The governing body: provided no support; were not trauma-informed (in fact my trauma reactions were used against me); expected me to identify, gather & submit all evidence without help from them & appeared biased, even taking the therapist's word over my documented evidence. They didn't seem concerned for the safety of future clients, nor remotely curious.

I doubt I was the only one he harmed & wish I could prevent risk to others. The life I had before was worth living. Since, I feel sort of dead. Subsequent therapy is hard; I now lack trust. I can't imagine a good life ahead, but that's my hope & it's better than it was."

"I had 5 years of therapy with a UK therapist, which turned out to be one of the most harmful experiences of my entire life. Previous to this I had positive experiences of therapy. I have a diagnosis of complex PTSD and my therapist allowed me unlimited out of session contact. This created a really unhealthy dependency due to maternal absence and my early life experiences. I started to psychologically unravel and told her I was becoming mentally unwell and she did nothing about it. I nearly had a breakdown.There were no reviews of my therapy and no questioning of my deterioration.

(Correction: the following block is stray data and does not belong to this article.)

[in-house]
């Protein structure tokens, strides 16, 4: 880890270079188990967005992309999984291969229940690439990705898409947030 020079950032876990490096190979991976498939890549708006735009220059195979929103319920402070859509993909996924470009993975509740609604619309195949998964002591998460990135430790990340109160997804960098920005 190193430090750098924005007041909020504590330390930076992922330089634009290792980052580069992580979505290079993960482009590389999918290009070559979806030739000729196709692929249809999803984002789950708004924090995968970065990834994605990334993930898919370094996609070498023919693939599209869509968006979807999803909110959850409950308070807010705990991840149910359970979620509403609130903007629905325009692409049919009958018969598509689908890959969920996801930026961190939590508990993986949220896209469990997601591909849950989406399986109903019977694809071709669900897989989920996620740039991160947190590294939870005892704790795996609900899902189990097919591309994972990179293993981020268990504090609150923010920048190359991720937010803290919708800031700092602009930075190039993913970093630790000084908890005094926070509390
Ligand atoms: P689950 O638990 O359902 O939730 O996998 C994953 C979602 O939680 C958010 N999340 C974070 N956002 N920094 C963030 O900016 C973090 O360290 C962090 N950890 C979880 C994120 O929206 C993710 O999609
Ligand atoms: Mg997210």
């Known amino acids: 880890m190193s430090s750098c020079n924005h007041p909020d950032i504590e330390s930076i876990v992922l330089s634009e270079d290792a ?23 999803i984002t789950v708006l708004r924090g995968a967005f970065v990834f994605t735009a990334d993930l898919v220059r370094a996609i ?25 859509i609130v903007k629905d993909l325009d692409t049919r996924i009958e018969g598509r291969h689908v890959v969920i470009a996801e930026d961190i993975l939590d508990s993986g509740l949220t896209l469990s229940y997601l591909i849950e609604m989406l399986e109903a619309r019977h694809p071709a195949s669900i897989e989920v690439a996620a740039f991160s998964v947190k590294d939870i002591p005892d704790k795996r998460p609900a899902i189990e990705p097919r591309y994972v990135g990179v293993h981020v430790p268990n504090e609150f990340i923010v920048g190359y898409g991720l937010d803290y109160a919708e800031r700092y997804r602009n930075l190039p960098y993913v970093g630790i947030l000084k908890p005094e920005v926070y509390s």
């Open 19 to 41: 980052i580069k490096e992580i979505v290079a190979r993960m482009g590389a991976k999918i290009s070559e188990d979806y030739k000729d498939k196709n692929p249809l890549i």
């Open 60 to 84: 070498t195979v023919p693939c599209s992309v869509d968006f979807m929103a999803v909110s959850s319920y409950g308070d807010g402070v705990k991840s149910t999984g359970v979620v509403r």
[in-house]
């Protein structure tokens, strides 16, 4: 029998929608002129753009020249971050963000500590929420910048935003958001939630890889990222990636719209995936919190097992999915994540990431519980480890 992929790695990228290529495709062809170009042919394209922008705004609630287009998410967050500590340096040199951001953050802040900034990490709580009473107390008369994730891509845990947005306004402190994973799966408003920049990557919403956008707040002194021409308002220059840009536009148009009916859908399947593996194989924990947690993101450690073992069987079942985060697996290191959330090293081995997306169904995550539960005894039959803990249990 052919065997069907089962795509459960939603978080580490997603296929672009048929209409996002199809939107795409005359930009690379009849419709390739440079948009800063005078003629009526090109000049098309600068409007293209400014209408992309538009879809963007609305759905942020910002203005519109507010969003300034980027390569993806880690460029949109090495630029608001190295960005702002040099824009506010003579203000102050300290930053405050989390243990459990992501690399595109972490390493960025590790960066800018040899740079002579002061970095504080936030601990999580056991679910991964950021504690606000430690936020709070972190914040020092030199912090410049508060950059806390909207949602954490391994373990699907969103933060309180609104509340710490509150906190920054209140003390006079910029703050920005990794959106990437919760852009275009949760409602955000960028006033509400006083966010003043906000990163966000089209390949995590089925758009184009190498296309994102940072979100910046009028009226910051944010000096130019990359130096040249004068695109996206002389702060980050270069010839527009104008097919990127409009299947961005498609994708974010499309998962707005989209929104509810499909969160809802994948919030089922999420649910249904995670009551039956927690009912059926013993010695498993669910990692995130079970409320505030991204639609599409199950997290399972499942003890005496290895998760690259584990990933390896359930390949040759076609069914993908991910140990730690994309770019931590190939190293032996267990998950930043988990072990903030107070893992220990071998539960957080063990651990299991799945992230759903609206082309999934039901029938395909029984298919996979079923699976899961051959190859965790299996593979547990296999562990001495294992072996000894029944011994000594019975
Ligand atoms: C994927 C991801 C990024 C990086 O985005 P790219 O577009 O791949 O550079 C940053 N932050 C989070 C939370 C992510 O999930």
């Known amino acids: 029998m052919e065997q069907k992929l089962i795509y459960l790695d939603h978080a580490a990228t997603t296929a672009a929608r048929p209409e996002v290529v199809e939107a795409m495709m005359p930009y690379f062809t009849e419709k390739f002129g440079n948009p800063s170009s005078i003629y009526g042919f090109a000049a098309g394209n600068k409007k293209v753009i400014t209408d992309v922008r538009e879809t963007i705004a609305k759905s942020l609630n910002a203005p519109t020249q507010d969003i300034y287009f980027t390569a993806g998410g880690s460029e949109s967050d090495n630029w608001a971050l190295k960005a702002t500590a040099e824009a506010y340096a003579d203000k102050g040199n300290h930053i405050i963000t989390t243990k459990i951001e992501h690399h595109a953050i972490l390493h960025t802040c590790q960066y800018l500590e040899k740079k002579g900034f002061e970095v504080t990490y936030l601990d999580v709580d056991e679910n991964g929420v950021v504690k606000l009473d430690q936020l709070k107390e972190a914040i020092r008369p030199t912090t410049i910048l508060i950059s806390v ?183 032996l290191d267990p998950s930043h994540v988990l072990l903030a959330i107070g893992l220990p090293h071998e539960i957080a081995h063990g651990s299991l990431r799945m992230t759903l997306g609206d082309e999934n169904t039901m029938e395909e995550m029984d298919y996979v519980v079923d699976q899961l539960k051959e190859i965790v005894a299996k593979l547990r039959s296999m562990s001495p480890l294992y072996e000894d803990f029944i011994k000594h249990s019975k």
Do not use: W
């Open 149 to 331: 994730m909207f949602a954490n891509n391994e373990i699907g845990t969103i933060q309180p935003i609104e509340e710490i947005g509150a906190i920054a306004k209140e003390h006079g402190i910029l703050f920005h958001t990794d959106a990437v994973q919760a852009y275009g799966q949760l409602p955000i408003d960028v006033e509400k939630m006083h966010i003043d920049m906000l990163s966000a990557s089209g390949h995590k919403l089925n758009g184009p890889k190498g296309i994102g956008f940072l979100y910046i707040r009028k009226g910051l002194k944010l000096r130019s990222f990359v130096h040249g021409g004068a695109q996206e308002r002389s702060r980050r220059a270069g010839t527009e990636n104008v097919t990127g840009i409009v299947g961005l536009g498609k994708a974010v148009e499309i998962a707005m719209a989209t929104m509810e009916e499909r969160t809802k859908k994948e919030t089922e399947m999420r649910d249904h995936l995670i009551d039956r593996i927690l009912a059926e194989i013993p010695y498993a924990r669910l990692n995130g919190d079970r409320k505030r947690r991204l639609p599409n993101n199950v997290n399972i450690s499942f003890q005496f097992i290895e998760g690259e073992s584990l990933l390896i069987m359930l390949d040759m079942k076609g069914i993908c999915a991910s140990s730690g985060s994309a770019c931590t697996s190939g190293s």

I am still trying to recover from my therapy experience and would really recommend that clients, especially those with complex trauma, be very careful when embarking upon therapy. It also became very evident that the kind of harm which happened to me is barely recognised by some governing bodies. Therapy has the capacity to harm as well as heal and if you are harmed through incompetence it should be recognised in the same way as someone harmed by a medical doctor. The mind can be as fragile and susceptible to harm as the body. I'm really glad that more people are talking about therapy harm but there is too much blaming of clients in certain quarters. Thanks for letting me share my experience."

"My therapist made a pass at me. At first I thought I’d misunderstood. I gave him a “huh?” look. He repeated it, slowly, deliberately, with intent. I just froze. I stared at him, totally speechless.